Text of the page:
DARWIN, Australia — The chief executive of Rio Tinto, the world’s second-largest mining company, will step down after a shareholder revolt over the company’s willful destruction of prehistoric rock shelters sacred to two Australian Indigenous groups.
It was revealed in May that the mining giant had destroyed the Indigenous sites, dating to 46,000 years ago, in the Pilbara Desert in Western Australia despite objections by the traditional landowners, the Puutu Kunti Kurrama and Pinikura people.
In addition to the company’s chief executive, Jean-Sébastien Jacques, two other top executives, Chris Salisbury and Simone Niven, will leave the company by “mutual agreement,” the company said in a statement released on Friday. All three executives are expected to forgo their bonuses.
“Significant stakeholders have expressed concerns about executive accountability for the failings identified,” the statement said.
The company said Mr. Jaques would step down by March 31 next year or earlier if a successor was appointed before that time. Mr. Salisbury and Ms. Niven will leave on Dec. 31.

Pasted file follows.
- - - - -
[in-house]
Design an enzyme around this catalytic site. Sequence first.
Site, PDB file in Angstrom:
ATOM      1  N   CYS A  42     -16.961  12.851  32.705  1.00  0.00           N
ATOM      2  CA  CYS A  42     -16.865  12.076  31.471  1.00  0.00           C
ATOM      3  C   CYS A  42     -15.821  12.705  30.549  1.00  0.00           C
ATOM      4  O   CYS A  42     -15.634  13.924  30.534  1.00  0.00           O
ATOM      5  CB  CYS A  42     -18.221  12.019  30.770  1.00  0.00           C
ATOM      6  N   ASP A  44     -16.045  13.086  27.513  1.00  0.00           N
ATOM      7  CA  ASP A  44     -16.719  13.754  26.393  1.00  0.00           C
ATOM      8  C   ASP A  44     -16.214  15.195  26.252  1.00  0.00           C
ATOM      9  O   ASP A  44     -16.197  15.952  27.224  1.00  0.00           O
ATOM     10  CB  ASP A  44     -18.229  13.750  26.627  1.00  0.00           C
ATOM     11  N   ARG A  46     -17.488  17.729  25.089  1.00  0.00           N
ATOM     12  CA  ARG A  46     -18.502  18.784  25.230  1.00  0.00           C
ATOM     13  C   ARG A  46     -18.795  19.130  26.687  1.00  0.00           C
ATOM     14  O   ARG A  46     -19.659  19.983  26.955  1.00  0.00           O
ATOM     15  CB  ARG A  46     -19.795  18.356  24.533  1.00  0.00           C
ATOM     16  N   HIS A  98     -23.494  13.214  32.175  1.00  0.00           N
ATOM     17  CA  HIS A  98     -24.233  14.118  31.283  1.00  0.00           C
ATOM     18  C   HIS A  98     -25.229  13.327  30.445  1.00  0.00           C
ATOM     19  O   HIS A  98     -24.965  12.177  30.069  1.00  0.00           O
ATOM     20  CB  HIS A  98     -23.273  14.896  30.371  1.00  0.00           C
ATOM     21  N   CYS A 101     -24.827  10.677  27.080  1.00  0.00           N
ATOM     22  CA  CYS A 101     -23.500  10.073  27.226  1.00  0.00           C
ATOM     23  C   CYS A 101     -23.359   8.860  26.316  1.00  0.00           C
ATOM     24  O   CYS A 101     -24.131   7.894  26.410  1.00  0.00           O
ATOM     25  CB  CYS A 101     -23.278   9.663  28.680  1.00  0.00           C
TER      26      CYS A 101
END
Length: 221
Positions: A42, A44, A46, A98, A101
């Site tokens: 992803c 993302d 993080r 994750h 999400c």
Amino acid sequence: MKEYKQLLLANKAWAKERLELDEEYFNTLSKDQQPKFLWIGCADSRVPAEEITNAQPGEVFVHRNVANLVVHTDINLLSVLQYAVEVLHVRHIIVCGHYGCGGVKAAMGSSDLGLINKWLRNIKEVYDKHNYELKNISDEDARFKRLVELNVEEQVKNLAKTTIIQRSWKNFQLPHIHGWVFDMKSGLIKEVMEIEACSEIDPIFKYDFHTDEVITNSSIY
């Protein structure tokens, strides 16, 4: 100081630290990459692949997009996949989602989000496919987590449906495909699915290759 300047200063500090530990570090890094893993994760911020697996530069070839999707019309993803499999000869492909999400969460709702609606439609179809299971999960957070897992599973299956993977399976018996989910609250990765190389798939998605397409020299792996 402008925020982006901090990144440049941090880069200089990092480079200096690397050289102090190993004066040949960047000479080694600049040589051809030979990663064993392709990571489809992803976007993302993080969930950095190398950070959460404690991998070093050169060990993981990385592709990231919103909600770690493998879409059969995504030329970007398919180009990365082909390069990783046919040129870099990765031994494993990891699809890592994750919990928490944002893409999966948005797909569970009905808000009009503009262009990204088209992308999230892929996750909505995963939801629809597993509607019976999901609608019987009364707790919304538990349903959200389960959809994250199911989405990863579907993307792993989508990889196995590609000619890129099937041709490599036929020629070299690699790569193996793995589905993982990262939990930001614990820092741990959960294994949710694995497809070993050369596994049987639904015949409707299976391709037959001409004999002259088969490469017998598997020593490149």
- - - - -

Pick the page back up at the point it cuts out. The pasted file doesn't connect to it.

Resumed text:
The resignations follow months of pressure from investors, politicians, environmental groups and Indigenous activists over the destruction of the Juukan Gorge sites.
The cave shelters are culturally and archaeologically significant, indicating the presence of continuous human habitation for more than 45,000 years. They also sat on top of millions of dollars worth of high-grade iron ore.
The sacred shelters were blown up, with the government’s approval, at a time of global upheaval around race and inequality, bringing to the fore long-held frustrations that traditional heritage is often subjugated to Australia’s lucrative mining industry.
“What happened at Juukan was wrong, and we are determined to ensure that the destruction of a heritage site of such exceptional archaeological and cultural significance never occurs again at a Rio Tinto operation,” Simon Thompson, chairman of the company, said in the statement. He acknowledged that a lack of individual accountability would make it possible for the company to rebuild trust with the traditional owners of the site.
“We are determined to learn the lessons from Juukan and to re-establish our reputation as a leader in communities and heritage management,” he added.